Vitamins are required for physiological functions that are necessary for growth, development, maintenance, and reproduction in animal and human bodies. Basically, they are necessary for life to continue and the life of your pet. In the proper amounts, vitamins help maintain life. Vitamins are categorized as water-soluble or fat-soluble. An excess or deficiency in any of them will cause significant, if not, serious consequences to the health of your pet.

  Vitamin D, for example, plays a role in bone growth and maintenance, controls absorption of calcium and phosphorus, and is required for the proper functioning of nerves and muscles. Dogs and cats cannot get Vitamin D from the suns rays as humans can. They must receive Vitamin D from their diet. That means it’s up to you, as the pet caretaker, and your veterinarian, to ensure that these levels are in the normal range for maximum health and longevity.

     Vitamin D is a fat-soluble vitamin and can, therefore, accumulate in the body and cause toxicity. Signs of Vitamin D toxicity include vomiting, diarrhea, anorexia (loss of appetite), lethargy, weakness, polyuria (increased urination), polydipsia (increased water consumption),  and tissue mineralization. Insufficient or low levels of Vitamin D have been associated with such diseases as congestive heart failure, cancer, diabetes, IBD (inflammatory bowel disease), hypertension, asthma, infectious diseases, and kidney compromise. Studies have shown that Vitamin D concentrations are insufficient in dogs with cancer.

     Vitamin B12 or Cyanobalamin, is a water-soluble vitamin. It is involved in many enzymatic reactions necessary to the proper growth, development, and function of cells. Abnormal levels of Vitamin B12 can be involved in gastrointestinal dysfunctions and pathology as seen in Inflammatory Bowel Disease (IBD), exocrine pancreatic insufficiency and small bowel bacterial overgrowth. Inadequate absorption of Vitamin B12 because of gastrointestinal disease or because of an inadequate diet can lead to deficiency.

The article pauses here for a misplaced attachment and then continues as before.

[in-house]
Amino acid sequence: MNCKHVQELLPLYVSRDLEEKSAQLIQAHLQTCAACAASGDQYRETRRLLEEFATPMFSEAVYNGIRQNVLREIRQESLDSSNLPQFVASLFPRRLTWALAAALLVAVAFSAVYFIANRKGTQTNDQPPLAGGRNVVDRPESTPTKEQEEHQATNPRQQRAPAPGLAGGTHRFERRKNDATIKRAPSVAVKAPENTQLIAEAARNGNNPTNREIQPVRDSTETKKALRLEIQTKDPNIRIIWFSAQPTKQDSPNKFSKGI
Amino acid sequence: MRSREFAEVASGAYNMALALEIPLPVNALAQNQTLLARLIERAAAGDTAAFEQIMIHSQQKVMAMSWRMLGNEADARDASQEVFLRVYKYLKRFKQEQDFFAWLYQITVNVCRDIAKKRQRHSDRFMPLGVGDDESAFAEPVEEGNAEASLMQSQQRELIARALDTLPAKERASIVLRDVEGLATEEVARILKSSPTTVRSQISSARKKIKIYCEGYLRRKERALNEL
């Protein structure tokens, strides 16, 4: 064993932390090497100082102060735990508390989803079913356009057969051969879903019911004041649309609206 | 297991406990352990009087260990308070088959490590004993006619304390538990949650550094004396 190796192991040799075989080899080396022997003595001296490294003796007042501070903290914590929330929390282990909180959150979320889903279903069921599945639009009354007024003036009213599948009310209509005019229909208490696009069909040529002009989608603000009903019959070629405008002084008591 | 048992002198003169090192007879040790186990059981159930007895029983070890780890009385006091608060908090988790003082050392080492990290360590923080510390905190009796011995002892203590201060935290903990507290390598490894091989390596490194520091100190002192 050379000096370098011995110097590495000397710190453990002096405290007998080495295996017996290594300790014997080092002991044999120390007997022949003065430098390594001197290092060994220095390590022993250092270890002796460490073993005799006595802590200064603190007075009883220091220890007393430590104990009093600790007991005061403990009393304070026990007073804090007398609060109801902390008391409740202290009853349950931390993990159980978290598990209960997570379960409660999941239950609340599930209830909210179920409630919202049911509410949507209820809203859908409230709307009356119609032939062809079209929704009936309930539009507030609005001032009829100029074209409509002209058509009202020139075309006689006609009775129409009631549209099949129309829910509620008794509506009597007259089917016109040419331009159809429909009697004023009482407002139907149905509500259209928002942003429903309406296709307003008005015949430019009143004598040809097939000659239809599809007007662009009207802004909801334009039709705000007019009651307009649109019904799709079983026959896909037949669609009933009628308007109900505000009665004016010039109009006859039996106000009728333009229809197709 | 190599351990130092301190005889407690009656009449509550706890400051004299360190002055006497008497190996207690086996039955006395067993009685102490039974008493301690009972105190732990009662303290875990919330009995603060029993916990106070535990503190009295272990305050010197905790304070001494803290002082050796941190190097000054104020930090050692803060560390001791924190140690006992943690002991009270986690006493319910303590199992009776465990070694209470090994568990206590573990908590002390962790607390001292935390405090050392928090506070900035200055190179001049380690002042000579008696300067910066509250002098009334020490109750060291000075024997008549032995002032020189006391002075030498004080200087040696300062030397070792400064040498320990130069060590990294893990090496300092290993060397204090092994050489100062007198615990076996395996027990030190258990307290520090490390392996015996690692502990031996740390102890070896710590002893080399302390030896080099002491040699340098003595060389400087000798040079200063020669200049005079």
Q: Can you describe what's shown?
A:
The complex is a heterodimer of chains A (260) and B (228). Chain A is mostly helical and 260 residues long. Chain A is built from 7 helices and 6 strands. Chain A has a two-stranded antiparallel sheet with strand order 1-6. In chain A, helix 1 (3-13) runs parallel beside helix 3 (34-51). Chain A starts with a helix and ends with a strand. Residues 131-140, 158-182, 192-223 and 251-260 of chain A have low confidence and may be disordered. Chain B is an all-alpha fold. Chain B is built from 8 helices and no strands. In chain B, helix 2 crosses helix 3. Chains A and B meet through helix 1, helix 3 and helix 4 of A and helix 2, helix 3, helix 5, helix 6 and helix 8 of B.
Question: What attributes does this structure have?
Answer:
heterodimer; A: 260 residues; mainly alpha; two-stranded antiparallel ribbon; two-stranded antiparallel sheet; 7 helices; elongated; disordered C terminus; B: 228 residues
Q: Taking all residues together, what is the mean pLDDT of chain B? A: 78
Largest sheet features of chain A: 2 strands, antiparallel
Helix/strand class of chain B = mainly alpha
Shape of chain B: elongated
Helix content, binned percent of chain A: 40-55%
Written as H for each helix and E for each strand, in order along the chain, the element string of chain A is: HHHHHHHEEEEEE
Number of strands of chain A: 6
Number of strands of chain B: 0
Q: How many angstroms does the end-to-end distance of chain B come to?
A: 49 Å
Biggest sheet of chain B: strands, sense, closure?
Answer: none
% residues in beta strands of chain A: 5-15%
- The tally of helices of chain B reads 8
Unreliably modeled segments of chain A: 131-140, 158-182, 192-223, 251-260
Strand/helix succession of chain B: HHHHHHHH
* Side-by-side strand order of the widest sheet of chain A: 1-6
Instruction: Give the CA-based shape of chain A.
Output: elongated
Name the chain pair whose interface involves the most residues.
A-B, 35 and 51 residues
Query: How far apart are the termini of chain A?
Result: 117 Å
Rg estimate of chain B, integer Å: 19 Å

Vitamin B12 deficiency symptoms you might observe in your pet include muscle weakness, trouble walking, irritability, weight loss, poor appetite, lack of energy. In humans, numbness and tingling in the hands and feet occurs. This probably also occurs in your dog and cat. Blood abnormalities are often seen on routine blood panels. Vitamin B12 is naturally found in meat, eggs, poultry, shellfish and dairy products.

     Magnesium is an essential nutrient that is involved in more than 300 metabolic processes involving the production of energy at the cellular level. Magnesium is involved in protein synthesis, blood glucose metabolism, blood pressure regulation, muscle function, and nerve function. Magnesium is required for your pet’s heart to beat. Most of the disorders that occur with magnesium metabolism has to do with problems associated with its absorption from the gastrointestinal tract. Certain conditions, such as diabetes in dogs and hyperthyroidism in cats, can affect magnesium levels and cause them to be lower than normal.

     Magnesium deficiency (hypermagnesemia) can manifest in your dog as lethargy, weight loss, gastrointestinal upset (vomiting, diarrhea), weakness, excessive thirst, excessive drooling, joint issues (osteoarthritis), muscle tremors, muscle spasms, seizures, and urinary disorders in cats.

     Hypermagnesemia (too much magnesium in the blood) can cause multiple complications in the cardiac and nervous systems. Hypermagnesemia can result in weakness, paralysis, cardiac arrest, respiratory arrest, and death. It is, in fact, a rare condition and when seen, is usually in horses. Hypermagnesemia has been reported in cats with renal failure that were receiving intravenous therapy.

      Anyone interested in having their pet tested should contact me at Animal Wellness Center at 610-558-1616. Testing for these vitamins and minerals is a simple blood test. Results come back in 7-10 days. Pet owners that want to be proactive in their pets’ health and well-being, should consider adding these tests to your regular yearly or bi-yearly examinations.

     Dr. Rose DiLeva is owner and medical director of Animal Wellness Center in Chadds Ford, Pennsylvania. She practices Integrative Veterinary Medicine, including such modalities as acupuncture, orthopedic manipulation, ozone therapies and laser treatment.

 

– Rose DiLeva VMD, MS, CVCP, CVA

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